Former Navy Frogman and SEAL Jim Mantalas, owner of Dive Shop in Eagan, was offering scuba diving lessons to swimmers with disabilities. Tim Boyle, a paraplegic, was one of the divers Mantalas worked with.

October 1993

The soap opera that was Metro Mobility continued as the agency lacked experienced drivers and had to stop taking trip requests. The program could provide 3,200 trips per day, far short of the 4,000 trips requested. The situation was a nightmare for riders who could not get to work or appointment, or could not get home from work. Carlson called in the National Guard to help.

School District 197 in northern Dakota County offered a new access project for people with disabilities and for people who wanted to learn more about disabilities. Community education programs were offered on the topics of service dogs. Sign language for emergency personnel and community service opportunities. Programs were also established to help deaf students obtain their GEDs, and develop writing skills.

November 1993

Dan Hibbert of Metro Mobility’s management company, ATE Management and Services, met with disgruntled riders. He said improvements had been made to improve the transit service but many riders weren’t convinced. Their concerns filled three pages of the newspaper. One writer, Lolly Lijewski, wrote that one of her friends had only been picked up twice from work in the last three weeks. Getting rides home from coworkers meant leaving her wheelchair at work. Access Press, for its part, checked ATE’s references from around the country and found negative responses.

Minneapolis and St. Paul each no longer had a Society of the Blind. The groups merged to form a new entity, Vision Loss Resources, Inc. The merger began in 1992.

December 1993

President Bill Clinton’s efforts to get a national health care bill passed were foundering, which disability community members saw as a lost opportunity. Smith wrote that the proposal was too cumbersome and that recent response from the community indicated a preference for single-payer plans. Several forums were held to discuss the Clinton proposal and other plans.

Achilles Track Club, a group that promoted long-distance running for runners with disabilities, had started in the Twin-Cities area. “Mainstreaming is our goal, people doing the most they can is our philosophy,” an article stated.  Scrutiny of Metro Mobility and RTB continued., Transit providers as well as disgruntled riders had filed lawsuits. A study of the service was also underway.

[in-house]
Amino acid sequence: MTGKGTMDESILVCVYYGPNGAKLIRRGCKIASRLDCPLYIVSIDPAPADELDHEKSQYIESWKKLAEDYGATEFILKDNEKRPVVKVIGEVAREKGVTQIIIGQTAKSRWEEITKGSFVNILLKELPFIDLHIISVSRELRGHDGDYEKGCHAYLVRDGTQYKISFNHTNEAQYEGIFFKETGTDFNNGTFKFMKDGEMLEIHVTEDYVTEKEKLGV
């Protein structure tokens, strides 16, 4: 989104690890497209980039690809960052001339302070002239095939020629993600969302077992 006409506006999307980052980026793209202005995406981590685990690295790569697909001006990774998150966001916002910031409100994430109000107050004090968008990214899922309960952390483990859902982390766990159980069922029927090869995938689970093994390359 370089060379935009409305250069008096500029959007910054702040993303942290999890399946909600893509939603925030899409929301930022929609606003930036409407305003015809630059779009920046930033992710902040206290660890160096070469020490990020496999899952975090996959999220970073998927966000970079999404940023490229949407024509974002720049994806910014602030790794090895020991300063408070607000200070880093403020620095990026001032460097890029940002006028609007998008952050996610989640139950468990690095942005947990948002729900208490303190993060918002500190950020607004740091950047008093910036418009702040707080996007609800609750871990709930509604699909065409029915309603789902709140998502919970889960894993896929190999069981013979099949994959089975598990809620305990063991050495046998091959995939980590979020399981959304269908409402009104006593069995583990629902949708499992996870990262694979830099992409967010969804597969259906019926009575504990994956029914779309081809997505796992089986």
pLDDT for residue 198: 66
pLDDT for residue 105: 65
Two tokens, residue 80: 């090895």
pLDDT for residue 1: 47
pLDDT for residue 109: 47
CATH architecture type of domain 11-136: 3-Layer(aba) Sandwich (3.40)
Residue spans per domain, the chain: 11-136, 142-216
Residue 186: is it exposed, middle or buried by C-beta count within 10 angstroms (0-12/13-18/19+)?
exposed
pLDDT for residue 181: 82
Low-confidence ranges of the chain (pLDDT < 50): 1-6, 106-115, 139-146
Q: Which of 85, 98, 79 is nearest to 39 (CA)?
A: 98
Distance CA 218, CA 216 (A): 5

January 1994

James Brady, former press secretary to President Ronald Reagan, visited Minneapolis to present awards from the National Organization on Disability. Brady was disabled in the attempt to assassinate Reagan. He honored the community of Columbia Heights for building the accessible Castle Heights playground and the accomplishments of the Minneapolis Advisory Committee on People with Disabilities. Both groups received cash awards.

Community Involvement Programs hosted a discussion with U.S. Senator Paul Wellstone to discuss housing and health care for people with disabilities. Wellstone announced a federal Housing and Urban Development (HUD) grant of $3.2 million to help the agency provide housing for homeless mentally ill adults. CIP would use the grant to create more housing opportunities.

February 1994

Rider outrage was finally having an effect on Metro Mobility as state lawmakers took notice of the complaints streaming in. Sen. John Marty was one of the first to step in, suggesting the formation of a riders’ board to manage Metro Mobility, taking control away from RTB. More than 20 community organizations were pressuring state lawmakers for change. Metropolitan Center for Independent Living was organizing community members to contact state legislators.

Open Door – New Abilities, a new Twin Cities theater group, was raising money to travel to Brussels for a performance at the international Very Special Arts Festival. Open Door promised to change the way audiences view theater. The group performed at several Twin Cities theaters.